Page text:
|Written by Jes-c Brandt|
Last weekend I ticked another item off my nonexistent bucket list: I went to a state fair. Ever since Holyoke High performed the musical “State Fair,” a little part of me has wondered what it would be like to attend an actual state fair.
Nonetheless, for some reason I never made it to one in Colorado, and my first year as a Texas resident came and went without me going to the fair. Finally 2012 brought the realization of that dream.
Texas’ state fair lived up to all the fried-food stereotypes, for sure. We saw signs boasting concoctions ranging from the more typical chicken and funnel cakes to the more outlandish, such as fried watermelon, butter, sugar cubes and lemonade.
Who comes up with these things? Despite my curiosity, I settled on a somewhat safer option, fried cheesecake. It was indeed interesting, but I’d be OK with never eating that again.
Of course, if eating fried food all day got to be too much to handle, the state fair also offers food simply to look at. As a newbie, I spent a good while marveling at the butter sculpture, depicting a scene of Girl Scouts.
Aside from the officially displayed food, I also delighted in simply watching other fair-goers pass by with their mountains of food. A 12-inch-high tower of Texas Twister Fries seems to defy physics as the eager eater weaves through the throng of hungry people.
Whole families sat together, each munching on a gigantic turkey leg. Baked potatoes got lost under a mountain of toppings, and a hefty plate of Texas nachos features chips in the shape of the proud state.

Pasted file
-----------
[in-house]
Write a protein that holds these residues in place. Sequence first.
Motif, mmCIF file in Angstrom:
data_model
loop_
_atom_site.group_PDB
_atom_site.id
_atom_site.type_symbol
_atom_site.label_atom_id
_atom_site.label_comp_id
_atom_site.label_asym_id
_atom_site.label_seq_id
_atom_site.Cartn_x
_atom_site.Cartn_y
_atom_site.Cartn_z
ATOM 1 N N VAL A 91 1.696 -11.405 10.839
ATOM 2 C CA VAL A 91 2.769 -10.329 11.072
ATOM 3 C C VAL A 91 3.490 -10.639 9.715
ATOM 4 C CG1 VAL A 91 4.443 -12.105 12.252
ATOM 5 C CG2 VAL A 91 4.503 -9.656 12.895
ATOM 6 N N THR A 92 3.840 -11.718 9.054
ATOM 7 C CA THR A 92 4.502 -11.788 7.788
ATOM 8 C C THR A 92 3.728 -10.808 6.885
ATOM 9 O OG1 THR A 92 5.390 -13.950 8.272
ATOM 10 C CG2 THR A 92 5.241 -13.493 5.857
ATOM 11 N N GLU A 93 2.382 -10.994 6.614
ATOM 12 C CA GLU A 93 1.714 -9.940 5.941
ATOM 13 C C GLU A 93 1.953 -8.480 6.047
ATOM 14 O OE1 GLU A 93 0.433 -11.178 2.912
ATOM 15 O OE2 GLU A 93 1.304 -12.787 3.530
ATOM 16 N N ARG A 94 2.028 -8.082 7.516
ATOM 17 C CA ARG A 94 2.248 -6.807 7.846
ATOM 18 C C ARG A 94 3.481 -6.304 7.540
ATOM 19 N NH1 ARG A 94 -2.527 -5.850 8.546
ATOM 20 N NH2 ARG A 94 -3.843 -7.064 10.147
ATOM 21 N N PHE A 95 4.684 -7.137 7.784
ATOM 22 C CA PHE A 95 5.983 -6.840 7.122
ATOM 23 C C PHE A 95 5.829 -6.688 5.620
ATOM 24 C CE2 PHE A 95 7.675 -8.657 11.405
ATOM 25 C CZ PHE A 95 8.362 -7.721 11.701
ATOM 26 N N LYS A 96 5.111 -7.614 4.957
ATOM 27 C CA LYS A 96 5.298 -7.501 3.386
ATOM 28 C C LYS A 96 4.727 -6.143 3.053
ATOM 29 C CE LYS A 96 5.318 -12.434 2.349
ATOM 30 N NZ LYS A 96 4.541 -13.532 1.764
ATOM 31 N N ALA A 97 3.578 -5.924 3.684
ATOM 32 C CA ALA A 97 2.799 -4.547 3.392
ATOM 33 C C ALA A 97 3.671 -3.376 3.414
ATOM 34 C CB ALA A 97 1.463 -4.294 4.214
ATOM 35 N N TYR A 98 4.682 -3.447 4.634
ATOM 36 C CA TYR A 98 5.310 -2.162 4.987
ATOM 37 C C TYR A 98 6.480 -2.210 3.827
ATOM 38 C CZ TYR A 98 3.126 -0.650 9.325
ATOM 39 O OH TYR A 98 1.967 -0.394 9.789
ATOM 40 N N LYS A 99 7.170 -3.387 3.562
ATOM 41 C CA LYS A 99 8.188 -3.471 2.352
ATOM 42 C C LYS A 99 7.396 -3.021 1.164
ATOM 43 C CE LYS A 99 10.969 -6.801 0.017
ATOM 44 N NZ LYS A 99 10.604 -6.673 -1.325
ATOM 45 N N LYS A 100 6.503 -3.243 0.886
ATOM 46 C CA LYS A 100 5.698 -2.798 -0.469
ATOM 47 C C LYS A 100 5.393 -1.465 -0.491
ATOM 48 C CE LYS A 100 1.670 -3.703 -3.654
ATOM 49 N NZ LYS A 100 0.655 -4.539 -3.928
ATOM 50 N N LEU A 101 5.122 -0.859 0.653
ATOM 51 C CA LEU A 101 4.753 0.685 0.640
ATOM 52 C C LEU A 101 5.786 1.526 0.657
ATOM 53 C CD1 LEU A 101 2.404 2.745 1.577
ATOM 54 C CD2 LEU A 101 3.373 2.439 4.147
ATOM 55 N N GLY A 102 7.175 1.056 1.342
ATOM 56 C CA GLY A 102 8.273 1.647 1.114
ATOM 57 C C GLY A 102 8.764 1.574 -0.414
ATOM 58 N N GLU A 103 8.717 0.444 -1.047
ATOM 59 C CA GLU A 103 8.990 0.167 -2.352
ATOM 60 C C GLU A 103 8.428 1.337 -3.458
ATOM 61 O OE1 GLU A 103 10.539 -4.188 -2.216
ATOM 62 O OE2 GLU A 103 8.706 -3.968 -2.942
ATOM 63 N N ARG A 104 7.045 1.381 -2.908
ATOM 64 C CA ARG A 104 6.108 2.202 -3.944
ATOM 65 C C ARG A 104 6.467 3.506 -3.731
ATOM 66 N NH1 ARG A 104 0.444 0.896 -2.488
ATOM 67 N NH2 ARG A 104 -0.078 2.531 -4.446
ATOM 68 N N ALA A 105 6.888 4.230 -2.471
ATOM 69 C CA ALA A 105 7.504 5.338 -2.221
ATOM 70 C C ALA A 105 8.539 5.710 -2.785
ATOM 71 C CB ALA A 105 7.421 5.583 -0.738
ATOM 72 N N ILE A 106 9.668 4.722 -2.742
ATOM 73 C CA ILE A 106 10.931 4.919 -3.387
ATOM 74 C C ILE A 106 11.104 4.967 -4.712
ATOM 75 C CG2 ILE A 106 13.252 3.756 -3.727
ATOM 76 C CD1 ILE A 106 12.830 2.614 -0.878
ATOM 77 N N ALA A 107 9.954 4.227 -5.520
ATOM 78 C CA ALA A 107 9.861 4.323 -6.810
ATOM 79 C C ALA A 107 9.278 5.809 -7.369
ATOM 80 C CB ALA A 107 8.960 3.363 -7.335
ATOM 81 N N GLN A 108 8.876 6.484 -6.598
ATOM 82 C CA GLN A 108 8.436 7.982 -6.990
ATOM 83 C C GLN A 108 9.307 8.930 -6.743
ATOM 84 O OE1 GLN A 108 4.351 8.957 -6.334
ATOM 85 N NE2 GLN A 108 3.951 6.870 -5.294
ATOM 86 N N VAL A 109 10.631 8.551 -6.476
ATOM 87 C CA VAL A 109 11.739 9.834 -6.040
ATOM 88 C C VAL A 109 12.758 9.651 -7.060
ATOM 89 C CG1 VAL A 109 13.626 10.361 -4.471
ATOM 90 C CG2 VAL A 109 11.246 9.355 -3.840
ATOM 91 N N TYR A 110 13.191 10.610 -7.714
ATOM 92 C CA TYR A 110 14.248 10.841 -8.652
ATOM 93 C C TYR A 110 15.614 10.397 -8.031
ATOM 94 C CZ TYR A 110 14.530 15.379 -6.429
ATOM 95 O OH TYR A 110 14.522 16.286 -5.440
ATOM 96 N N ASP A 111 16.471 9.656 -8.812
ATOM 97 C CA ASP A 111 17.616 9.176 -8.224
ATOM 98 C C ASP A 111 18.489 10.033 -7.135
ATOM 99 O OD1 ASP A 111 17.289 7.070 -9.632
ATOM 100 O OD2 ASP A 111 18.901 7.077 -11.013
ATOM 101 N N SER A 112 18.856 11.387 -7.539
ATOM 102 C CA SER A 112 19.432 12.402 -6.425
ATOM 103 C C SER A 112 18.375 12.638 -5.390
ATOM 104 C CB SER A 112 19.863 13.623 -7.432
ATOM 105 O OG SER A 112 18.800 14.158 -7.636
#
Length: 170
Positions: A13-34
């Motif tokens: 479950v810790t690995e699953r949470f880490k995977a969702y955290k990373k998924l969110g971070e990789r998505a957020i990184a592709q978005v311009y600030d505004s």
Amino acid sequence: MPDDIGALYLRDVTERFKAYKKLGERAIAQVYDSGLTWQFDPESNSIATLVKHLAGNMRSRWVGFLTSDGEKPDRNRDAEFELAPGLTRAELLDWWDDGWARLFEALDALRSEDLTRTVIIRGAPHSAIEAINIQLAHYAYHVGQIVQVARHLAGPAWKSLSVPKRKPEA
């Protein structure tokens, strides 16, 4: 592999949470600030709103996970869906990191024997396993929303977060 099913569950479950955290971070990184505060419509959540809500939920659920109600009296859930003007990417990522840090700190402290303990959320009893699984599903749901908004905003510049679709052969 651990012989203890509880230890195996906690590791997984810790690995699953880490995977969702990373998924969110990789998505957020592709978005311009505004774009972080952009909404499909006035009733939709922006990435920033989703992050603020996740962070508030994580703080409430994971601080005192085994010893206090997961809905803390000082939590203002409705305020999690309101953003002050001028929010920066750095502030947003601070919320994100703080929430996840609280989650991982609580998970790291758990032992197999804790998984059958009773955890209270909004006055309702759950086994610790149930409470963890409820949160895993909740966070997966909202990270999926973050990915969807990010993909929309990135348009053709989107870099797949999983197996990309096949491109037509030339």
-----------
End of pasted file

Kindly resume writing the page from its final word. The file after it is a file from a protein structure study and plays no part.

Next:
Don’t get me wrong, there was more to the state fair than food alone. There is something special about being part of the traditions at the fair, and I embraced those traditions with a soundtrack of Rogers and Hammerstein running through my mind all the while.
Big Tex, a 52-foot Texan in the middle of Fair Park, has been a part of that fair for 60 years, and it was fun to see his imposing frame and hear his booming voice make announcements throughout the day.
Another traditional attraction of the Texas State Fair is the Ferris wheel, the Texas Star. Waiting in line for the most popular ride at the fair, we learned some interesting information about that ride.
It’s been around since the ’80s and is 212 feet tall, making it the tallest in the Western Hemisphere. Operating the Ferris wheel requires 18 employees, and the foundation is made up of 35 tons of reinforcing steel. The ride can seat 264 people at once, which was a huge relief, given the length of the line to ride it.
At first the statistics wowed me, but then I began the ascent to the top and that view spoke far more than any of those numbers. Riding at night, the view of the colorful fair itself was amazing. With the hustle and bustle far below, the midway was a stream of people and bright lights.
Looking beyond the park, the view of downtown Dallas was even more breathtaking. The native Texans I shared the gondola with pointed out various buildings in the skyline, adding a little something extra to the already phenomenal experience.
I left the fair feeling like I was a part of something bigger, even if that something was a collective feeling of regret over fried foods.
Holyoke Enterprise October 18, 2012